Publications by authors named "Nick Woodier"

2 Publications

  • Page 1 of 1

A 6-Year Thematic Review of Reported Incidents Associated With Cardiopulmonary Resuscitation Calls in a United Kingdom Hospital.

J Patient Saf 2022 Jan 12. Epub 2022 Jan 12.

From the University of Nottingham Nottingham University Hospitals, Nottingham, United Kingdom University of Alberta Hospital, Edmonton, Canada.

Background: Critical incident reporting can be applied to cardiopulmonary resuscitation (CPR) events as a means of reducing further occurrences. We hypothesized that local CPR-related events might follow patterns only seen after a long period of analysis.

Design: We reviewed 6 years of local incidents associated with cardiac arrest calls. The following search terms were used to identify actual or potential resuscitation events: "resuscitation," "cardio-pulmonary," "CPR," "arrest," "heart attack," "DNR," "DNAR," "DNACPR," "Crash," "2222." All identified incidents were independently reviewed and categorized, looking for identifiable patterns.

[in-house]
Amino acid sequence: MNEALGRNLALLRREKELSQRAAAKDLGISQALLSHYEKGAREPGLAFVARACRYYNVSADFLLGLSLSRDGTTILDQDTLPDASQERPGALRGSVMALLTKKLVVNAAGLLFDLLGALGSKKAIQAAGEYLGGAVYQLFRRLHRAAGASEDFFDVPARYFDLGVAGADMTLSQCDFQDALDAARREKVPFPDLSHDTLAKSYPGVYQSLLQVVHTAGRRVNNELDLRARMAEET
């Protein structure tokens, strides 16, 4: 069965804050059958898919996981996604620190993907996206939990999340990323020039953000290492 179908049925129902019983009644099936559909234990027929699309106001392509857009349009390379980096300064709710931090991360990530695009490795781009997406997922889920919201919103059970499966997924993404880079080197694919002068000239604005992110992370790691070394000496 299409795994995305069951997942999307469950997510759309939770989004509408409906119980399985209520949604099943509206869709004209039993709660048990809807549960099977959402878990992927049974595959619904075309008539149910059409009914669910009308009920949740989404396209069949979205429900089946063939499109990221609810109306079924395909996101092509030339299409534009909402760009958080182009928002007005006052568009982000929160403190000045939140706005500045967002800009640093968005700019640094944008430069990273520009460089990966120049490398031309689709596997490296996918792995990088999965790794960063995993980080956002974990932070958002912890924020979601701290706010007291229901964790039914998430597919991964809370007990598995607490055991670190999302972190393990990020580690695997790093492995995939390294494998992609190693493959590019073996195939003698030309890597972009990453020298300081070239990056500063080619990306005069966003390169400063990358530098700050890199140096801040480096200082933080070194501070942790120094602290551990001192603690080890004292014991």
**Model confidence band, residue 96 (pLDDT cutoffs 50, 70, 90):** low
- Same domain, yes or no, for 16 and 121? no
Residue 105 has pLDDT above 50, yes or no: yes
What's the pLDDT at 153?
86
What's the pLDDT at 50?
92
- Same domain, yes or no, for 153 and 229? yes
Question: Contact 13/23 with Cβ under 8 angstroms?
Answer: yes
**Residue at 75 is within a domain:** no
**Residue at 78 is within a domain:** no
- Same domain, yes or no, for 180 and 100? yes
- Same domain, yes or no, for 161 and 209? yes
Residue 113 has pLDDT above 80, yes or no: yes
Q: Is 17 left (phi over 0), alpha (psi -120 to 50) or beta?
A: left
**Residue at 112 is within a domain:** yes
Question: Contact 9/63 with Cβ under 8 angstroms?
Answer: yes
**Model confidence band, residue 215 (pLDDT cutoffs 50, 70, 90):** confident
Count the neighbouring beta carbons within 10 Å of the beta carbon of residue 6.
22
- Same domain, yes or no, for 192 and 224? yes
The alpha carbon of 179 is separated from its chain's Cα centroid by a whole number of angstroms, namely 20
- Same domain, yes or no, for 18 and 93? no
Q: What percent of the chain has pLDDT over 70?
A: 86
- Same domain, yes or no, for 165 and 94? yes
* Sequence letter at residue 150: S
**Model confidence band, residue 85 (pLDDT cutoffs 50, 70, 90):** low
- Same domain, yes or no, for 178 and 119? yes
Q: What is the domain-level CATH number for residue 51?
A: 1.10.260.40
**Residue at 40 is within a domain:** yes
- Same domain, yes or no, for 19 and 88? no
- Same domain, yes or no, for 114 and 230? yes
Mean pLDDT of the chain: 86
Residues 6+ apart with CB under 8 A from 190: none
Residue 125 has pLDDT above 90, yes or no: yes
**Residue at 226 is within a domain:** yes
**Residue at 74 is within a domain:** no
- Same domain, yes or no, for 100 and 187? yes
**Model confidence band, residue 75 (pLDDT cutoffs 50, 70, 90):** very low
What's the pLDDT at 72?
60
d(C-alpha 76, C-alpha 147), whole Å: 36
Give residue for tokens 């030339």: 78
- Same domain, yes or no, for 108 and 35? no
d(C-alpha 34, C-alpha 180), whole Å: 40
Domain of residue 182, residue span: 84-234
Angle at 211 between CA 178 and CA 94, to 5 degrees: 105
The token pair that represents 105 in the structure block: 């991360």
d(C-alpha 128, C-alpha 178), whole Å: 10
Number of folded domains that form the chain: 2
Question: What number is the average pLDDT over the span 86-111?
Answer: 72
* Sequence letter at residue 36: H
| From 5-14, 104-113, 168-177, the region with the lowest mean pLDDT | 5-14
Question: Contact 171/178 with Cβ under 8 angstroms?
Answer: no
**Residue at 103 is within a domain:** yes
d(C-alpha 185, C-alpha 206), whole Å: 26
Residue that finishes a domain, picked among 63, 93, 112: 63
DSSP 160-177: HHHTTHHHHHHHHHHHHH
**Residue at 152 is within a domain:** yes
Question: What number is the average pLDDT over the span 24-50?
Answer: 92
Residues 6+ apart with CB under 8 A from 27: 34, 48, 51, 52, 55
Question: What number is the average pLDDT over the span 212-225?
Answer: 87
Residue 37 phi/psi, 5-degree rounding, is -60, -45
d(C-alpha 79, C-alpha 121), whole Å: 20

Setting: Nottingham University Hospitals is a large UK tertiary referral teaching hospital.

Results: A total of 1017 reports were identified, relating to 1069 categorizable incidents. During the same time, there were approximately 1350 cardiac arrest calls, although it should be noted that many arrest-related incidents were not associated with cardiac arrest call (e.g., failure to have the correct equipment available in the event of a cardiac arrest). Incidents could be broadly classified into 10 thematic areas: no identifiable incident (n = 189; 18%), failure to rescue (n = 133; 12%), staffing concerns (n = 134; 13%), equipment/drug concerns (n = 133; 12%), communication issues (n = 122; 10%), do-not-attempt-CPR decisions (n = 101; 9%), appropriateness of patient location or transfer (n = 96; 9%), concerns that the arrest may have been iatrogenic (n = 76; 7%), patient or staff injury (n = 43; 4%), and miscellaneous (n = 52; 5%). Specific patterns of events were seen within each category.

Conclusions: By reviewing incidents, we were able to identify patterns only noticeable over a long time frame, which may be amenable to intervention. Our findings may be generalizable to other centers or encourage others to undertake this exercise themselves.
View Article and Find Full Text PDF

Download full-text PDF

Source
http://dx.doi.org/10.1097/PTS.0000000000000912DOI Listing
January 2022

Plurality of governance - plurality of systems.

J R Coll Physicians Edinb 2021 Dec;51(4):424-3427

Healthcare Safety Investigation Branch, Farnborough, UK.

View Article and Find Full Text PDF

Download full-text PDF

Source
http://dx.doi.org/10.4997/JRCPE.2021.431DOI Listing
December 2021
-->